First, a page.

Plaintiff has already amended his complaint, ( see Docs. 1, 15), in response to Defendants' pre-motion letter, ( see Doc. 4), and my observation during a conference that his claims had standing and immunity issues. Plaintiff's failure to fix these deficiencies, after being provided with full notice of them, is alone sufficient ground to deny leave to amend sua sponte. See In re Eaton Vance Mut. Funds Fee Litig., 380 F.Supp.2d 222, 242 (S.D.N.Y. 2005), aff'd sub nom. Bellikoff v. Eaton Vance Corp., 481 F.3d 110, 118 (2d Cir. 2007). Furthermore, here the reason for dismissal is substantive, and better pleading would not lead to a different result. See Gallop v. Cheney, 642 F.3d 364, 369 (2d Cir. 2011) (district court did not err in dismissing claim with prejudice in absence of any indication plaintiff could or would provide additional allegations leading to different result); Ariel (UK) Ltd. v. Reuters Grp., PLC, 277 F.App'x 43, 45-46 (2d Cir. 2008) (summary order) (district court did not exceed its discretion in not sua sponte granting leave to amend where plaintiff had already amended complaint once and amendment would have been futile); Cuoco v. Moritsugu, 222 F.3d 99, 112 (2d Cir. 2000) (leave to amend should be denied as futile where problem with complaint is substantive and better pleading would not cure it); Payne v. Malemathew, No. 09-CV-1634, 2011 WL 3043920, at *5 (S.D.N.Y. July 22, 2011) ("That Plaintiff was provided notice of his pleading deficiencies and the opportunity to cure them is sufficient ground to deny leave to amend sua sponte. "). Accordingly, there being no indication that Plaintiff is in possession of facts that could cure the problem, I decline to grant Plaintiff leave to amend sua sponte.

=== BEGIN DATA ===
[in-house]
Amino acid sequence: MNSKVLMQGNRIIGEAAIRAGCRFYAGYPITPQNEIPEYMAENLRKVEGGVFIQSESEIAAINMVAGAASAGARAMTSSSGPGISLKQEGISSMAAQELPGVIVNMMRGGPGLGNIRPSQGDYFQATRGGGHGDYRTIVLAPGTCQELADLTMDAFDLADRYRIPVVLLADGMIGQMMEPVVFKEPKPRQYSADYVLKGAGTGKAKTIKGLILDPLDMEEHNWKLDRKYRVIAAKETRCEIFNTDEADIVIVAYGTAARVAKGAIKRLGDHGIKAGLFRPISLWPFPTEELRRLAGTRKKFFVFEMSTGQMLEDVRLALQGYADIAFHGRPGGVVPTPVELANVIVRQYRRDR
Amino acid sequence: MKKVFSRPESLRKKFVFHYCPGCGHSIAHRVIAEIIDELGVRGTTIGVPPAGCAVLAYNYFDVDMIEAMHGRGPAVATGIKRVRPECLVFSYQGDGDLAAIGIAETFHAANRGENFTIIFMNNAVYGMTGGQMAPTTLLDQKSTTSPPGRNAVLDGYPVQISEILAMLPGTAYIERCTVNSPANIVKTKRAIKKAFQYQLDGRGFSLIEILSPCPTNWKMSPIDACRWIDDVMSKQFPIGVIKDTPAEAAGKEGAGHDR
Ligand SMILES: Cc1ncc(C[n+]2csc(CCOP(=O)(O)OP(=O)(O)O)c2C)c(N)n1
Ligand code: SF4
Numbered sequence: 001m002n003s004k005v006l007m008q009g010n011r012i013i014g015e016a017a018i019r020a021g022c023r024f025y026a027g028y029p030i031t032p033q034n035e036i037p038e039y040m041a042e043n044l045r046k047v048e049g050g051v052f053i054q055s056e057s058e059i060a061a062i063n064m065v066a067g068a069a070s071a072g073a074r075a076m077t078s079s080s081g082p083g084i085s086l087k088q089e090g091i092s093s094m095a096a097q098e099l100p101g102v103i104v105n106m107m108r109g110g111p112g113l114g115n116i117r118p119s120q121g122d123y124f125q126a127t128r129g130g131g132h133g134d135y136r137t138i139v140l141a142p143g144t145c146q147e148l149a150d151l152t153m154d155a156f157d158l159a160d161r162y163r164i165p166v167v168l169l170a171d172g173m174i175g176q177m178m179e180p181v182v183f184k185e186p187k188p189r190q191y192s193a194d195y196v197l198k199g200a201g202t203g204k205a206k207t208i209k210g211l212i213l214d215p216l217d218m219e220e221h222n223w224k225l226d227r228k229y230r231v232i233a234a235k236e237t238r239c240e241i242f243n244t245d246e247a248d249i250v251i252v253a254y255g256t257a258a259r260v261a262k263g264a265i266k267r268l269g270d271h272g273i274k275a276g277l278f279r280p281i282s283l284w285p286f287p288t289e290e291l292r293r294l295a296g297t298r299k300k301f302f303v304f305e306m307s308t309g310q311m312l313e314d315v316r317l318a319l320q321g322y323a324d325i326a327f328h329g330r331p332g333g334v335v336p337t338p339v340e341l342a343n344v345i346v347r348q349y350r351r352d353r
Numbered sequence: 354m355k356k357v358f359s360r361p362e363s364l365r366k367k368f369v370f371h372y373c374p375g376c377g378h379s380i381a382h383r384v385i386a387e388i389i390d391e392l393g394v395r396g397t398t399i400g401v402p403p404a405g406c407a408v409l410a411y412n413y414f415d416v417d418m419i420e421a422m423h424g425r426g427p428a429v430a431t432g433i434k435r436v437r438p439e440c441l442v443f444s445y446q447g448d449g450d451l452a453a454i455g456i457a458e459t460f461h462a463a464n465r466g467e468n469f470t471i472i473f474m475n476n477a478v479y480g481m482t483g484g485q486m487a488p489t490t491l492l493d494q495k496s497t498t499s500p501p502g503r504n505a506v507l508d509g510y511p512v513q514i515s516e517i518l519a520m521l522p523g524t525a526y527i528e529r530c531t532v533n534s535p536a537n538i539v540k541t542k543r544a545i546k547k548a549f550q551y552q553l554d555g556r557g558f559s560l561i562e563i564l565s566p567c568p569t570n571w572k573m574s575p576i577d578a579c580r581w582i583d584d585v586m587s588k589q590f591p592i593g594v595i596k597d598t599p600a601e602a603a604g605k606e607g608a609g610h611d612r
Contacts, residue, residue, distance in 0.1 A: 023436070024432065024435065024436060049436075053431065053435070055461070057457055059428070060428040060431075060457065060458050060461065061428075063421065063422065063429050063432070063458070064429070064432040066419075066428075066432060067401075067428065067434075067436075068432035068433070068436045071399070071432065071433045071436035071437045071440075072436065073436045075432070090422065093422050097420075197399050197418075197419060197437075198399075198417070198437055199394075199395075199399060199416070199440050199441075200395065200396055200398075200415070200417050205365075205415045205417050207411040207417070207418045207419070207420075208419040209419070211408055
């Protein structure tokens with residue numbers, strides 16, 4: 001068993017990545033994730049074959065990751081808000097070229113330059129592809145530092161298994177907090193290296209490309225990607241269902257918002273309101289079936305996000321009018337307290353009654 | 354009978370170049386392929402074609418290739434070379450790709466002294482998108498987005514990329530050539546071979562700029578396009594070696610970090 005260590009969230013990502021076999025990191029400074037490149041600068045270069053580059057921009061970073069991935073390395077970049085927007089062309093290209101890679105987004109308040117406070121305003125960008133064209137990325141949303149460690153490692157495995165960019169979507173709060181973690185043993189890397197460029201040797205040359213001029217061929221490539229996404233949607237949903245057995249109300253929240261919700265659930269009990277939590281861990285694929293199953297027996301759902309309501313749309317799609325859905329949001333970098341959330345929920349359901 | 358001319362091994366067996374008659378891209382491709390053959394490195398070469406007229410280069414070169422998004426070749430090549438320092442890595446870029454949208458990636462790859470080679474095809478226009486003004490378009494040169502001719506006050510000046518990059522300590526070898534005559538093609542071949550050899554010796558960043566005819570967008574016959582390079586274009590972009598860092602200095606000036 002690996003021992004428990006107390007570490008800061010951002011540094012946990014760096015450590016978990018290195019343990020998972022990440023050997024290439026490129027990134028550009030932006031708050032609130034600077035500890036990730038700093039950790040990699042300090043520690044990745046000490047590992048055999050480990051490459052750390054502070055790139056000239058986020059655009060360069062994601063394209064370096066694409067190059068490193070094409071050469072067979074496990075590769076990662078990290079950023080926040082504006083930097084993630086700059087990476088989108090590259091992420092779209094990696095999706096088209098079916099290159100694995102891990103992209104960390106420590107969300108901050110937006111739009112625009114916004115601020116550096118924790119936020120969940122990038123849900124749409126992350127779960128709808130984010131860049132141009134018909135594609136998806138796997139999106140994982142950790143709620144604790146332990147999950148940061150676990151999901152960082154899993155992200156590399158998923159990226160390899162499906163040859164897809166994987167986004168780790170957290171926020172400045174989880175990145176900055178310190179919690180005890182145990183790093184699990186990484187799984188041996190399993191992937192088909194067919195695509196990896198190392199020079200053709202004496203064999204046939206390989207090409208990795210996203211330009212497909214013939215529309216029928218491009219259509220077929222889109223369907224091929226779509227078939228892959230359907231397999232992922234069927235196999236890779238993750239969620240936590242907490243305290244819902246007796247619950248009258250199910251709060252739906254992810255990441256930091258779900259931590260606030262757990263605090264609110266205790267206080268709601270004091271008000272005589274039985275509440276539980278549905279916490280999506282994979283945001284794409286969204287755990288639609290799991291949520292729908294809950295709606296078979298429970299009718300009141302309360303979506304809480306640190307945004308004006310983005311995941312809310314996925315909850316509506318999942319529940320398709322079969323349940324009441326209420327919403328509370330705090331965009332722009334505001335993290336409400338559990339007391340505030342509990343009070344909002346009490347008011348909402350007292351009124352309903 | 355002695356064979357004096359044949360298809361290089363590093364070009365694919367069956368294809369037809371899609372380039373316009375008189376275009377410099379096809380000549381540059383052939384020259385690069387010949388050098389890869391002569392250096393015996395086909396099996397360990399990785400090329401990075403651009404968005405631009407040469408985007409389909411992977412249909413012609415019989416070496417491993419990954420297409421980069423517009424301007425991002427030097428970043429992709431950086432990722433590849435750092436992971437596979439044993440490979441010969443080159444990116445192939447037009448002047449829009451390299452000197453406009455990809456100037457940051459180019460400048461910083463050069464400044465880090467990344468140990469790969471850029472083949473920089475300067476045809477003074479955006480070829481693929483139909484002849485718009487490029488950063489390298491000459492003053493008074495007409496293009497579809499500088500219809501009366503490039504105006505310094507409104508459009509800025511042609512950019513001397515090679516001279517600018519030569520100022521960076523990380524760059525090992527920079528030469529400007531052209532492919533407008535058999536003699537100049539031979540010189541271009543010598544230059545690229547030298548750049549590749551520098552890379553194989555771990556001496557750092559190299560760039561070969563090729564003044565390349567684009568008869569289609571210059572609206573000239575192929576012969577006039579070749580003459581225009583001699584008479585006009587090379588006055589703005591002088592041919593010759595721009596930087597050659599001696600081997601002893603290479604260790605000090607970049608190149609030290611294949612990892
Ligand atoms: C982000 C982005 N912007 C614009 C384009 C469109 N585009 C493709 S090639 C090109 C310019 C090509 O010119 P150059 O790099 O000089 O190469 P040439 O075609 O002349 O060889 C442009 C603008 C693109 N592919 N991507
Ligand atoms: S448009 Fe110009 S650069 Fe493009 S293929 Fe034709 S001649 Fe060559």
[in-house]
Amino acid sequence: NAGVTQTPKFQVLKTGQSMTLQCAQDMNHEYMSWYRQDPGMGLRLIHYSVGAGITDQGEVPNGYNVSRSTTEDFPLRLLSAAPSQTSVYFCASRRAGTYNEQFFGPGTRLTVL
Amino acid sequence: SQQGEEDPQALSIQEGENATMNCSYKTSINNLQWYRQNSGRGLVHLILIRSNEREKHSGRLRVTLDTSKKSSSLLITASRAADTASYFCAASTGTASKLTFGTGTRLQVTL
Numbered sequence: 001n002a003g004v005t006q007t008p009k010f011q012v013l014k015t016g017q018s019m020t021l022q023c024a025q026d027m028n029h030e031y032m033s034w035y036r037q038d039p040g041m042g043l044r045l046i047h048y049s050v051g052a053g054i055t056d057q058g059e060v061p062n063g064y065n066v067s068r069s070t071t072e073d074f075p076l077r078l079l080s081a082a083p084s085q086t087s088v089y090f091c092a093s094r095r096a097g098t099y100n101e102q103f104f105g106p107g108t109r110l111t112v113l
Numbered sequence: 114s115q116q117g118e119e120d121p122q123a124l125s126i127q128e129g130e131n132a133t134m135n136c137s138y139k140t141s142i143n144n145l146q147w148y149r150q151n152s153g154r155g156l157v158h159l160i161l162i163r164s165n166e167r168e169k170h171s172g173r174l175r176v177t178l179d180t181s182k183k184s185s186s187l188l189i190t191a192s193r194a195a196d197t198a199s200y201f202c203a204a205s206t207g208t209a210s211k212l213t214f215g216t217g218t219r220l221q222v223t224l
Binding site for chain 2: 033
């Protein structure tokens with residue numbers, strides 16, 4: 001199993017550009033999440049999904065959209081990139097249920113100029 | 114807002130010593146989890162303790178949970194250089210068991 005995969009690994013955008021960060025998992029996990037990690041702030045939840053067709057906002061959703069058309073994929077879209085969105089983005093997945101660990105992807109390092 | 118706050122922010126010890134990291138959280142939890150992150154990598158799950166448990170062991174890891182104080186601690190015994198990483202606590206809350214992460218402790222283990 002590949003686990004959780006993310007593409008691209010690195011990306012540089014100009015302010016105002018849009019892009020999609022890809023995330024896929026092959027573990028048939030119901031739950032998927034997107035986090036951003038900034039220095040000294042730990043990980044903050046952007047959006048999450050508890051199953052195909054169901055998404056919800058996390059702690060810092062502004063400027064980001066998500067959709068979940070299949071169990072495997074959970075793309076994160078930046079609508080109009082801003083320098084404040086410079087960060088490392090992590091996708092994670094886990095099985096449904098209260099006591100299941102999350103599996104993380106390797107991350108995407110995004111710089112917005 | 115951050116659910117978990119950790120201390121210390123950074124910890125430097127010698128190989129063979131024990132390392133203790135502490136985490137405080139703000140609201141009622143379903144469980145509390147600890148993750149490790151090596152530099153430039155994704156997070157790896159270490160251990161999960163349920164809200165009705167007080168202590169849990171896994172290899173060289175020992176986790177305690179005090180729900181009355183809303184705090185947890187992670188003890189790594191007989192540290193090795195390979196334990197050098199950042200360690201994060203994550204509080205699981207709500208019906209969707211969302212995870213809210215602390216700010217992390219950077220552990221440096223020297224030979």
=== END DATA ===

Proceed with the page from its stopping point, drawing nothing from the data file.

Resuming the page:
III. Conclusion

For the reasons stated above, Defendants' Motion to Dismiss the Amended Complaint is GRANTED. The Clerk of Court is respectfully directed to terminate the pending motion, (Doc. 26), and close the case.